Saturday, February 12, 2011

Anatomy of a Murder

Full confession right upfront: 
I am not a fan of court-room dramas, real-crime stories, or police procedurals. Have never seen The Accused, The Verdict, A Few Good Men, or any of the Law & Order / CSI franchises (I watched Night Court for awhile as a teen, but I don't think that counts). So I expected this flick to be a dull chore. It was not…

Anatomy of a Murder (1959)

Have to admit I was drawn to viewing it after learning the origin of the "pantie" riff as done by Professor Bobo (the ape) seen in this clip from MST3K.

Spoilers follow:

What makes this a great film? I could list at least a dozen reasons why, but now a day after watching it I am still wondering whether our "hero" did the right thing or not. The lawyer, Paul Biegler (Jimmy Stewart - performing as well as I've ever seen him, on par with his Hitchcock roles) defends his client valiantly, though at times reluctantly, eventually achieving  a "not guilty" verdict. Should be a triumphant finale, but throughout the film we are shown how the defendants Laura & Frederick Manion (Lee Remick & Ben Gazzara) are smug, self-centered, manipulative people with their own private agendas.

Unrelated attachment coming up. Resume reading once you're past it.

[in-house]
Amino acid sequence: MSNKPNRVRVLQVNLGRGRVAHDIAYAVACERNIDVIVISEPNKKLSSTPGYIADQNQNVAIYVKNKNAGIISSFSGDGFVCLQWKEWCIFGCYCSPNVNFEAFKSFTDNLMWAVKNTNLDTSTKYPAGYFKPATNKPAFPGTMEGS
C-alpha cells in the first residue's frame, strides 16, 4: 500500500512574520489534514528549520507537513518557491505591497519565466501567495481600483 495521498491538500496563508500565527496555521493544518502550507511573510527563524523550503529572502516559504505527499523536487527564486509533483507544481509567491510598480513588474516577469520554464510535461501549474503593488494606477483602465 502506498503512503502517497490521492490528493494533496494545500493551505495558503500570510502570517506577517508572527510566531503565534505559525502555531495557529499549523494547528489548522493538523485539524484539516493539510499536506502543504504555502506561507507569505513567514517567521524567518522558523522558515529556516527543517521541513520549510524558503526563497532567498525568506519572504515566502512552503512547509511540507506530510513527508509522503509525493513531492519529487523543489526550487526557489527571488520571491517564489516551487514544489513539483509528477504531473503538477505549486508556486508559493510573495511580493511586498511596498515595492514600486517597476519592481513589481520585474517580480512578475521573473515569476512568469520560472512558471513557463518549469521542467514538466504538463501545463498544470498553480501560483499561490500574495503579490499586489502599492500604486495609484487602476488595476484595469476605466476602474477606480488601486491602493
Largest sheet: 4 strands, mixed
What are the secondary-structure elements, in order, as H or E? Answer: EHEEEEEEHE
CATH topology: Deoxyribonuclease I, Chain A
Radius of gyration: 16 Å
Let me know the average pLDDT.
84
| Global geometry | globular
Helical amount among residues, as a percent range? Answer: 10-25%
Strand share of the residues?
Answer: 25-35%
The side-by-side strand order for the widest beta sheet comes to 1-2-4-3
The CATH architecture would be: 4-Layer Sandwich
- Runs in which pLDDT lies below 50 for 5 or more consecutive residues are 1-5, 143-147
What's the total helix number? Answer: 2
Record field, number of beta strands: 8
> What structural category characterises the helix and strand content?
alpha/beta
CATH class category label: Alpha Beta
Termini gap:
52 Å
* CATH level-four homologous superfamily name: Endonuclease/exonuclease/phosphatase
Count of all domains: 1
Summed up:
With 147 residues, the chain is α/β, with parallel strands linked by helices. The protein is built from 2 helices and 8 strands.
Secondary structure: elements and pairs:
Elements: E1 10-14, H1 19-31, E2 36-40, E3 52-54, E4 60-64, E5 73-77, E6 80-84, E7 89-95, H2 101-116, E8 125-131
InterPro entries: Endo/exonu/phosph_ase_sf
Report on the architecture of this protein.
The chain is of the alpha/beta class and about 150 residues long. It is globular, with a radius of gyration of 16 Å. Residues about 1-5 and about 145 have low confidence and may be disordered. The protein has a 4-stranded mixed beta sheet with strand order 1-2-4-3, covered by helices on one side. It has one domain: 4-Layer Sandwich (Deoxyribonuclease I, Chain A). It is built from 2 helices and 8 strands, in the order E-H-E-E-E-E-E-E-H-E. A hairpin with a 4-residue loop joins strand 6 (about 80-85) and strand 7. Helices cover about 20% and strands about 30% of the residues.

I was impressed with the pacing of the film, directed by Otto Preminger. At over two and a half hours long it never felt like a slog. The first hour set up the main characters in this small U.P. (Upper Peninsula, Michigan) town and outlines the basic facts of the crime. By the one hour mark the trial begins and the lawyers (including a hammy George C. Scott) present their cases and question witnesses. Details about the murder we have not yet heard are described in more detail, developing dramatic tension. Then, at the 1:30 point, the relevancy of the "rape incident" is broached, and the judge approves it's inclusion, then literally winds his pocket watch to indicate that this is going to be a long trial. Brilliant.

At the time (1959), this clinical talk of ladies undergarments, rape, and semen was new to Hollywood, and that alone makes this film "subversive." But what I was most amazed by was how we are constantly questioning the good Stewart is doing by defending these deceitful "trailer trash." Many times I was rooting for the prosecuting attorneys, even though they are always portrayed, in conventional film language, as being the villains (greased-back hair, mustache, etc.).

Tellingly for someone of my generation, I mainly knew Eve Arden as the high school principal in Grease. She is outstanding here as Stewart's dependable, though underpaid, secretary. Lee Remick is gorgeous and beguiling (I also recently enjoyed her in two Blake Edwards films from the 60's: Experiment in Terror and Days of Wine and Roses). 

But in fact, she is the true villain of the piece, as it was she who inspired all the pivotal actions: the rape, the murder, and crucially, Stewart agreeing to defend her husband. By the end I was convinced she was lying to everyone involved. Maybe Jimmy Stewart's lawyer character thought it too, but he had a case to win.

The score by Duke Ellington is also a plus, as are the opening credits from Saul Bass, giving the film an upbeat, funky feel, in sharp contrast to all the dark material it contains.

BONUS: more Lee Remick…

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